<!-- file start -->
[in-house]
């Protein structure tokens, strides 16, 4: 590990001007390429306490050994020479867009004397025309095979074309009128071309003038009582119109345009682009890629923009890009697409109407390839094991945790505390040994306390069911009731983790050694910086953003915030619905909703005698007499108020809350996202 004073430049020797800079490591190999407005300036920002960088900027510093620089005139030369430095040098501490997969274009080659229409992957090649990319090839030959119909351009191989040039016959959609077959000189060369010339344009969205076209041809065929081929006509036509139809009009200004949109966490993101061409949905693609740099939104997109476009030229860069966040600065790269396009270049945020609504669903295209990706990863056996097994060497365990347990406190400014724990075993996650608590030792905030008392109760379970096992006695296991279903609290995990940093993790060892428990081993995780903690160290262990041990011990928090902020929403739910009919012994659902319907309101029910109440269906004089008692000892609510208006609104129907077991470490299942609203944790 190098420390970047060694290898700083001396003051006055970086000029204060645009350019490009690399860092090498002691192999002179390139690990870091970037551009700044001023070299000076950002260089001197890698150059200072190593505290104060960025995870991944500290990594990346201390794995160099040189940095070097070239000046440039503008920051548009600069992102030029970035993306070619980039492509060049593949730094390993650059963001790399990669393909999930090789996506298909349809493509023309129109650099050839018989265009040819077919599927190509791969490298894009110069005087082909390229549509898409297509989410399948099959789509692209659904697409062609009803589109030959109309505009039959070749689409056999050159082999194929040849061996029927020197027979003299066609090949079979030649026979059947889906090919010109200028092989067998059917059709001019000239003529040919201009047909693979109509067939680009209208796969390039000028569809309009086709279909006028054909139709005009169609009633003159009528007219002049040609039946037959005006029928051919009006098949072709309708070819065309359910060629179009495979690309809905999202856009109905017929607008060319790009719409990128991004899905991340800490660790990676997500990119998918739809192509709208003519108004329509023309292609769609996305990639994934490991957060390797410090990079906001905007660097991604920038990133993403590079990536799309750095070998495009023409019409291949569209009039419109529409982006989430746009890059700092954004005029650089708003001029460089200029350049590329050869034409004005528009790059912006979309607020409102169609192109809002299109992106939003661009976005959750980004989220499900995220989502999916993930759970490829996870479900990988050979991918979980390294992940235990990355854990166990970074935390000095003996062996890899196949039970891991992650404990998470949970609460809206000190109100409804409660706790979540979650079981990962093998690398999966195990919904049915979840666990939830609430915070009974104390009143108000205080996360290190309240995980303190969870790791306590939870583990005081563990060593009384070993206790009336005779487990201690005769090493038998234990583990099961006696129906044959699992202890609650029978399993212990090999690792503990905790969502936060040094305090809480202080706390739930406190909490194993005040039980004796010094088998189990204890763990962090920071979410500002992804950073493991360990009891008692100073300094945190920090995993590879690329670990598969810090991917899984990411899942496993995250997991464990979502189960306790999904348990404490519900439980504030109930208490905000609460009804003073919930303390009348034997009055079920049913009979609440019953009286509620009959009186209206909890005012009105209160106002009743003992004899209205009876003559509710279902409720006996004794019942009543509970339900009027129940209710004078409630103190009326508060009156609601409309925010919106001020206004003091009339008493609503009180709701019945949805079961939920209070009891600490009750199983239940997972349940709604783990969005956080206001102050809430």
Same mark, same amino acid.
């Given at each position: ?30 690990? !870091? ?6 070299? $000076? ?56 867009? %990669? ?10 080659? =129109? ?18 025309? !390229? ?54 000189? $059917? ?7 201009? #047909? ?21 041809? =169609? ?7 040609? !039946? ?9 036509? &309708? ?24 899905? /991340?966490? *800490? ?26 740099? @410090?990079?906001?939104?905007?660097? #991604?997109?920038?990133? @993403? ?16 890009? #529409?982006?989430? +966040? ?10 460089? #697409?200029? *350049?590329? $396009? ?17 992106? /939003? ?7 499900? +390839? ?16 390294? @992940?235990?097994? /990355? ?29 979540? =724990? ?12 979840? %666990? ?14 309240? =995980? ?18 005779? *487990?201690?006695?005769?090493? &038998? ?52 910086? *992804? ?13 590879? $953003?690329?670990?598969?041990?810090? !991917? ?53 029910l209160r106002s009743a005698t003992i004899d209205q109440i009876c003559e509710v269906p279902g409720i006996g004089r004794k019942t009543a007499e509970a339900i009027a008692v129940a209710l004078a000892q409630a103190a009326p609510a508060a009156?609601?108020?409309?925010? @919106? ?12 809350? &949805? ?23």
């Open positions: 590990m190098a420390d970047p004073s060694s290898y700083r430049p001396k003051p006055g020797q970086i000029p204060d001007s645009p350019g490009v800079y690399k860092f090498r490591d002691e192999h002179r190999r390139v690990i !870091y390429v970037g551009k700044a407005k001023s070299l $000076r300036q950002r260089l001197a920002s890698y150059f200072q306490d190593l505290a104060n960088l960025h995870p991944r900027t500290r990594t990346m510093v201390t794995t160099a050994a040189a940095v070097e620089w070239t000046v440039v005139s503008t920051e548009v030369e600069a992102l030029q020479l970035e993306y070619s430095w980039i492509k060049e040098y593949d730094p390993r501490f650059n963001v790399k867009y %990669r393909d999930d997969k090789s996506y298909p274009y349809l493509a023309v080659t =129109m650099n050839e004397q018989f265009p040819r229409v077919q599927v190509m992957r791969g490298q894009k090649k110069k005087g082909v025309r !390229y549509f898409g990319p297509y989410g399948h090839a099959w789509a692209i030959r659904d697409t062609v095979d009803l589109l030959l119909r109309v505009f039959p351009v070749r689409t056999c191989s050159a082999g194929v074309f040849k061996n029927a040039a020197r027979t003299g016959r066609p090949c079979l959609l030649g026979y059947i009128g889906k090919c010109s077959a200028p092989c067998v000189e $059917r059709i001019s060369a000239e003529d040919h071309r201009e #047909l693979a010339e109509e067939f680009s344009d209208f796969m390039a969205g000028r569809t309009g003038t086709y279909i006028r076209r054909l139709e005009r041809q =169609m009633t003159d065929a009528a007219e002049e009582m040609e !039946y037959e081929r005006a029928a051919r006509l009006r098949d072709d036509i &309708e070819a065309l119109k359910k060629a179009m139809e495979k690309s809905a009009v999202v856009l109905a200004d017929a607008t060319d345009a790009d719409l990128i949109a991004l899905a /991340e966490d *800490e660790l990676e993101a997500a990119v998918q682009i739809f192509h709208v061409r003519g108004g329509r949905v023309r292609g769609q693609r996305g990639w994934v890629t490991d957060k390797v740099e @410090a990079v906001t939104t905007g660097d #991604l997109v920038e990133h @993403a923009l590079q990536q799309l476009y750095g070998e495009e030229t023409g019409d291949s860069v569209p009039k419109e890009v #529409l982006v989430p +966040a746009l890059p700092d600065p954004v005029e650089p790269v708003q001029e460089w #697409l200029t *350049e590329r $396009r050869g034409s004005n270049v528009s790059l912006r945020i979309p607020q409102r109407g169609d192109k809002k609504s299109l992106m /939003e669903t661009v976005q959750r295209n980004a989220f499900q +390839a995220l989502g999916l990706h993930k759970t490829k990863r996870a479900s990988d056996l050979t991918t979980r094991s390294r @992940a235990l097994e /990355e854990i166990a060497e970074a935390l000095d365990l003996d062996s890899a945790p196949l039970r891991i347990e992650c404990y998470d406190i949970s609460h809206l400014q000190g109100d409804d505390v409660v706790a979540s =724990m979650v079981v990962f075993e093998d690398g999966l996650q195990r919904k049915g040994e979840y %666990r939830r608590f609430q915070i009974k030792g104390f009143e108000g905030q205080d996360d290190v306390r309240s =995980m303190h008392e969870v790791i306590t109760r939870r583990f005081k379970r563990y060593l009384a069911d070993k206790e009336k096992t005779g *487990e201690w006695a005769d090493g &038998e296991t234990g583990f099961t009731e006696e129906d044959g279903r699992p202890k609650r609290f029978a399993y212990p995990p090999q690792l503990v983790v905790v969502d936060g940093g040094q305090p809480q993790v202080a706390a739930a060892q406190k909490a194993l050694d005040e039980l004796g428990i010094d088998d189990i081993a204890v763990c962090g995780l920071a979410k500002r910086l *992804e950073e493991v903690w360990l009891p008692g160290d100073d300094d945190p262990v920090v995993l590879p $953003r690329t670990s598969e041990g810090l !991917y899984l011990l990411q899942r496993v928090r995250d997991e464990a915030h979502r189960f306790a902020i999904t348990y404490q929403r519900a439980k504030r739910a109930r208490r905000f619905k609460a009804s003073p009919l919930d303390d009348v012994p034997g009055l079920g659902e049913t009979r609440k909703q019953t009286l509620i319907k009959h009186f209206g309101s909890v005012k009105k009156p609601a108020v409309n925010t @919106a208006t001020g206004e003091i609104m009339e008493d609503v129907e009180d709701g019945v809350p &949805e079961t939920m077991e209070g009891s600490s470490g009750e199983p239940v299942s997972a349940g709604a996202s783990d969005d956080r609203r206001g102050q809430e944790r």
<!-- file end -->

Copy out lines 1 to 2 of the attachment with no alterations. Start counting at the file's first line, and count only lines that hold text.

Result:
[in-house]
């Protein structure tokens, strides 16, 4: 590990001007390429306490050994020479867009004397025309095979074309009128071309003038009582119109345009682009890629923009890009697409109407390839094991945790505390040994306390069911009731983790050694910086953003915030619905909703005698007499108020809350996202 004073430049020797800079490591190999407005300036920002960088900027510093620089005139030369430095040098501490997969274009080659229409992957090649990319090839030959119909351009191989040039016959959609077959000189060369010339344009969205076209041809065929081929006509036509139809009009200004949109966490993101061409949905693609740099939104997109476009030229860069966040600065790269396009270049945020609504669903295209990706990863056996097994060497365990347990406190400014724990075993996650608590030792905030008392109760379970096992006695296991279903609290995990940093993790060892428990081993995780903690160290262990041990011990928090902020929403739910009919012994659902319907309101029910109440269906004089008692000892609510208006609104129907077991470490299942609203944790 190098420390970047060694290898700083001396003051006055970086000029204060645009350019490009690399860092090498002691192999002179390139690990870091970037551009700044001023070299000076950002260089001197890698150059200072190593505290104060960025995870991944500290990594990346201390794995160099040189940095070097070239000046440039503008920051548009600069992102030029970035993306070619980039492509060049593949730094390993650059963001790399990669393909999930090789996506298909349809493509023309129109650099050839018989265009040819077919599927190509791969490298894009110069005087082909390229549509898409297509989410399948099959789509692209659904697409062609009803589109030959109309505009039959070749689409056999050159082999194929040849061996029927020197027979003299066609090949079979030649026979059947889906090919010109200028092989067998059917059709001019000239003529040919201009047909693979109509067939680009209208796969390039000028569809309009086709279909006028054909139709005009169609009633003159009528007219002049040609039946037959005006029928051919009006098949072709309708070819065309359910060629179009495979690309809905999202856009109905017929607008060319790009719409990128991004899905991340800490660790990676997500990119998918739809192509709208003519108004329509023309292609769609996305990639994934490991957060390797410090990079906001905007660097991604920038990133993403590079990536799309750095070998495009023409019409291949569209009039419109529409982006989430746009890059700092954004005029650089708003001029460089200029350049590329050869034409004005528009790059912006979309607020409102169609192109809002299109992106939003661009976005959750980004989220499900995220989502999916993930759970490829996870479900990988050979991918979980390294992940235990990355854990166990970074935390000095003996062996890899196949039970891991992650404990998470949970609460809206000190109100409804409660706790979540979650079981990962093998690398999966195990919904049915979840666990939830609430915070009974104390009143108000205080996360290190309240995980303190969870790791306590939870583990005081563990060593009384070993206790009336005779487990201690005769090493038998234990583990099961006696129906044959699992202890609650029978399993212990090999690792503990905790969502936060040094305090809480202080706390739930406190909490194993005040039980004796010094088998189990204890763990962090920071979410500002992804950073493991360990009891008692100073300094945190920090995993590879690329670990598969810090991917899984990411899942496993995250997991464990979502189960306790999904348990404490519900439980504030109930208490905000609460009804003073919930303390009348034997009055079920049913009979609440019953009286509620009959009186209206909890005012009105209160106002009743003992004899209205009876003559509710279902409720006996004794019942009543509970339900009027129940209710004078409630103190009326508060009156609601409309925010919106001020206004003091009339008493609503009180709701019945949805079961939920209070009891600490009750199983239940997972349940709604783990969005956080206001102050809430």